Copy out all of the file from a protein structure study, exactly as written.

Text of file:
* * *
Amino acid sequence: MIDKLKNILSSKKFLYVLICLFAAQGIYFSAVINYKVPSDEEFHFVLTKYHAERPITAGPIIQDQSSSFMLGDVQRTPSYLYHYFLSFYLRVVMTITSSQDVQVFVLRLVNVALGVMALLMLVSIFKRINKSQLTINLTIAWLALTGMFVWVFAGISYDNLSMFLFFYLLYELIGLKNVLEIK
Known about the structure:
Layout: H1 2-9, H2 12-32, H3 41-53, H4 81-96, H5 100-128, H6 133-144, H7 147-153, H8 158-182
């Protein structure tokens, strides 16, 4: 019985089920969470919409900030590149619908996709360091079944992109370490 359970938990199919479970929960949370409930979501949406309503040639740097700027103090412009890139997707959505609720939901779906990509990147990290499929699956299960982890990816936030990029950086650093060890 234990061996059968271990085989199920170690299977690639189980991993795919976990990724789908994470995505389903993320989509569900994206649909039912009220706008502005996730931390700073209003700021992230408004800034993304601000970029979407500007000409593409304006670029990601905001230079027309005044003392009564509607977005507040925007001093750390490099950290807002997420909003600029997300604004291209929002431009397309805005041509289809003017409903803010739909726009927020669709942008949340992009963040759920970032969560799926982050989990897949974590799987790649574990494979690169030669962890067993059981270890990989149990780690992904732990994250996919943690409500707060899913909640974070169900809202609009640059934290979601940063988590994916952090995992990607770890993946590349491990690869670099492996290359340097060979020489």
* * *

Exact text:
Amino acid sequence: MIDKLKNILSSKKFLYVLICLFAAQGIYFSAVINYKVPSDEEFHFVLTKYHAERPITAGPIIQDQSSSFMLGDVQRTPSYLYHYFLSFYLRVVMTITSSQDVQVFVLRLVNVALGVMALLMLVSIFKRINKSQLTINLTIAWLALTGMFVWVFAGISYDNLSMFLFFYLLYELIGLKNVLEIK
Known about the structure:
Layout: H1 2-9, H2 12-32, H3 41-53, H4 81-96, H5 100-128, H6 133-144, H7 147-153, H8 158-182
């Protein structure tokens, strides 16, 4: 019985089920969470919409900030590149619908996709360091079944992109370490 359970938990199919479970929960949370409930979501949406309503040639740097700027103090412009890139997707959505609720939901779906990509990147990290499929699956299960982890990816936030990029950086650093060890 234990061996059968271990085989199920170690299977690639189980991993795919976990990724789908994470995505389903993320989509569900994206649909039912009220706008502005996730931390700073209003700021992230408004800034993304601000970029979407500007000409593409304006670029990601905001230079027309005044003392009564509607977005507040925007001093750390490099950290807002997420909003600029997300604004291209929002431009397309805005041509289809003017409903803010739909726009927020669709942008949340992009963040759920970032969560799926982050989990897949974590799987790649574990494979690169030669962890067993059981270890990989149990780690992904732990994250996919943690409500707060899913909640974070169900809202609009640059934290979601940063988590994916952090995992990607770890993946590349491990690869670099492996290359340097060979020489």